Half life of knowledge

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I’ve been rereading George Siemens Connectivism: A Learning Theory for the Digital Age. I think this makes the third time I’ve read it in the past 6 months. I read it because I feel George is on to something here, and as I blog and continue to expand my own learning by “connecting specialized nodes or information sources” together, I find that the more I connect nodes the more I understand Connectivism.

In his paper George talks about the half life of knowledge and that at its current pace of “doubling every 18 months” knowledge is almost extinct by the time we learn or read about it.

I’ve been following the news lately on the bird flu thing and I am amazed at how fast the information about bird flu has been gathered and shared with everyone in the world. What amazes me even more is the research that is going on to try and find a vaccine for a strain of the bird flu that doesn’t exist yet. Thanks to the internet and the ‘flatting of the world’ as Thomas L. Friedman puts it. Knowledge can flow fast and free from researcher to researcher no matter where they are in the world. This information sharing speeds up the pace of research, which in return speeds up the pace of finding a vaccine. WKOW 27 out of Wisconsin reported this on Tuesday Nov. 2:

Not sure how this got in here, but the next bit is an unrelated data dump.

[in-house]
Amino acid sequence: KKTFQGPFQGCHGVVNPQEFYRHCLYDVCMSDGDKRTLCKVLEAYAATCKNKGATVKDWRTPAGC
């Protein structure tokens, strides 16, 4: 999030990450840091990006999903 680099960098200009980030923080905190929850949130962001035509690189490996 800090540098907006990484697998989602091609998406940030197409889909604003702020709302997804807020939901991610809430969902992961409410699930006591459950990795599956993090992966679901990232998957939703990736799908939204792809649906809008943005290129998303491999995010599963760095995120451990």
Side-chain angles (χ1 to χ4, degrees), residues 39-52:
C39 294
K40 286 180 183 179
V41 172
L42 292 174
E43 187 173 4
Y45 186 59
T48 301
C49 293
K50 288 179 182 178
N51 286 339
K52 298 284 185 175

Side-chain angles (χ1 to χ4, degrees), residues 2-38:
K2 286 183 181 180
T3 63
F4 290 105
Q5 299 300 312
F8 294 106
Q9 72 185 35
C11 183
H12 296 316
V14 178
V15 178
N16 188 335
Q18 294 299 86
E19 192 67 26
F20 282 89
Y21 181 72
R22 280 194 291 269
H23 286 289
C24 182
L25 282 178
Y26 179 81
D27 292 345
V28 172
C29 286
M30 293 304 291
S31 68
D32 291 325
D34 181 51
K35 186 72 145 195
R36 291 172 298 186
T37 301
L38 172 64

On Monday, UW [University of Wisconsin] researchers announced a possible breakthrough in developing a vaccine for the bird flu. While a typical flu vaccine takes 6-9 months to develop, the new procedure shows promise for cutting that time by more than half.

There you have it, the half life of knowledge. Something that use to take 6-9 months to develop now only takes 3-4 months to produce and maybe even faster like 18 days?

It is quiet amazing if you go to Google News and just type in bird flu or bird flu vaccine to see the amount of information that is being generated and shared.

If I was a high school science teacher or current events teacher, I would be having a great time teaching class right now. This is one of those topics that demonstrates that the Information Age is here and that this new Age means new possibilities.

I wish I could share this with all the teachers out there who don’t quiet get information literacy, or understand that information today and information skills are more important then any single subject you will teach. To teach students to find, gather, analyze, apply and assess information is a skill that truly belongs to the Information Age.

I started blogging in 2005 and found it such a powerful way to reflect and share my thinking about technology, this generation, and how we prepare students for their future not our past.

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